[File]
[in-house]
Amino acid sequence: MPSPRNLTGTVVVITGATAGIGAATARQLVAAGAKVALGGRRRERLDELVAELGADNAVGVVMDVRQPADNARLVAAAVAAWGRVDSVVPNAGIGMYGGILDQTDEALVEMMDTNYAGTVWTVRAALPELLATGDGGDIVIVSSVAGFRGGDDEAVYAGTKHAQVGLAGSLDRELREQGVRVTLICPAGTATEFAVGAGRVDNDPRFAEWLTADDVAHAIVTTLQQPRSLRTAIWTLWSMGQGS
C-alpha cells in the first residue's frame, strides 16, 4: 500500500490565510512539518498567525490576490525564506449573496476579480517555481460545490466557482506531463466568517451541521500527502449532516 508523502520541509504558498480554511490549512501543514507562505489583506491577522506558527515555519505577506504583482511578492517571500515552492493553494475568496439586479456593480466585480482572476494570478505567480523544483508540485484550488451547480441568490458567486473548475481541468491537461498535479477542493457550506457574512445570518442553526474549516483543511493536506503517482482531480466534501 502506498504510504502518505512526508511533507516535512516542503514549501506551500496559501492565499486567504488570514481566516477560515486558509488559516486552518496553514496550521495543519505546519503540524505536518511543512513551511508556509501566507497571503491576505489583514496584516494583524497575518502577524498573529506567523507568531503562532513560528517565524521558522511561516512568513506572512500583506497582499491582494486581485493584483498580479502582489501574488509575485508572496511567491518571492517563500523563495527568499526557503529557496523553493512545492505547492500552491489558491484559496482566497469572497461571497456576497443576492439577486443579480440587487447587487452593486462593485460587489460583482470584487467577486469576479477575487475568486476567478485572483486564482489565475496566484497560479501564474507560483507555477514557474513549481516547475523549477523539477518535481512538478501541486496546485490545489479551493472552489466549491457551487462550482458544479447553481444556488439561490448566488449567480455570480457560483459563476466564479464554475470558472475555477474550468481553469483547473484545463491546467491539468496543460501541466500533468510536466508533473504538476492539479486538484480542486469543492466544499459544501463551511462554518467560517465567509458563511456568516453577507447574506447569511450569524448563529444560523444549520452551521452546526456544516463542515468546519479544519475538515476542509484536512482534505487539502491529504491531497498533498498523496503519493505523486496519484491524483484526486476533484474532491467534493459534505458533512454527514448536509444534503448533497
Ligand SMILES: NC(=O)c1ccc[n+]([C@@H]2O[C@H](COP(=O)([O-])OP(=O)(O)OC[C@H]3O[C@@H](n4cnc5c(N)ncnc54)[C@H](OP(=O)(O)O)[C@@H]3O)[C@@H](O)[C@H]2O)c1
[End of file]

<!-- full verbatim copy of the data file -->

[in-house]
Amino acid sequence: MPSPRNLTGTVVVITGATAGIGAATARQLVAAGAKVALGGRRRERLDELVAELGADNAVGVVMDVRQPADNARLVAAAVAAWGRVDSVVPNAGIGMYGGILDQTDEALVEMMDTNYAGTVWTVRAALPELLATGDGGDIVIVSSVAGFRGGDDEAVYAGTKHAQVGLAGSLDRELREQGVRVTLICPAGTATEFAVGAGRVDNDPRFAEWLTADDVAHAIVTTLQQPRSLRTAIWTLWSMGQGS
C-alpha cells in the first residue's frame, strides 16, 4: 500500500490565510512539518498567525490576490525564506449573496476579480517555481460545490466557482506531463466568517451541521500527502449532516 508523502520541509504558498480554511490549512501543514507562505489583506491577522506558527515555519505577506504583482511578492517571500515552492493553494475568496439586479456593480466585480482572476494570478505567480523544483508540485484550488451547480441568490458567486473548475481541468491537461498535479477542493457550506457574512445570518442553526474549516483543511493536506503517482482531480466534501 502506498504510504502518505512526508511533507516535512516542503514549501506551500496559501492565499486567504488570514481566516477560515486558509488559516486552518496553514496550521495543519505546519503540524505536518511543512513551511508556509501566507497571503491576505489583514496584516494583524497575518502577524498573529506567523507568531503562532513560528517565524521558522511561516512568513506572512500583506497582499491582494486581485493584483498580479502582489501574488509575485508572496511567491518571492517563500523563495527568499526557503529557496523553493512545492505547492500552491489558491484559496482566497469572497461571497456576497443576492439577486443579480440587487447587487452593486462593485460587489460583482470584487467577486469576479477575487475568486476567478485572483486564482489565475496566484497560479501564474507560483507555477514557474513549481516547475523549477523539477518535481512538478501541486496546485490545489479551493472552489466549491457551487462550482458544479447553481444556488439561490448566488449567480455570480457560483459563476466564479464554475470558472475555477474550468481553469483547473484545463491546467491539468496543460501541466500533468510536466508533473504538476492539479486538484480542486469543492466544499459544501463551511462554518467560517465567509458563511456568516453577507447574506447569511450569524448563529444560523444549520452551521452546526456544516463542515468546519479544519475538515476542509484536512482534505487539502491529504491531497498533498498523496503519493505523486496519484491524483484526486476533484474532491467534493459534505458533512454527514448536509444534503448533497
Ligand SMILES: NC(=O)c1ccc[n+]([C@@H]2O[C@H](COP(=O)([O-])OP(=O)(O)OC[C@H]3O[C@@H](n4cnc5c(N)ncnc54)[C@H](OP(=O)(O)O)[C@@H]3O)[C@@H](O)[C@H]2O)c1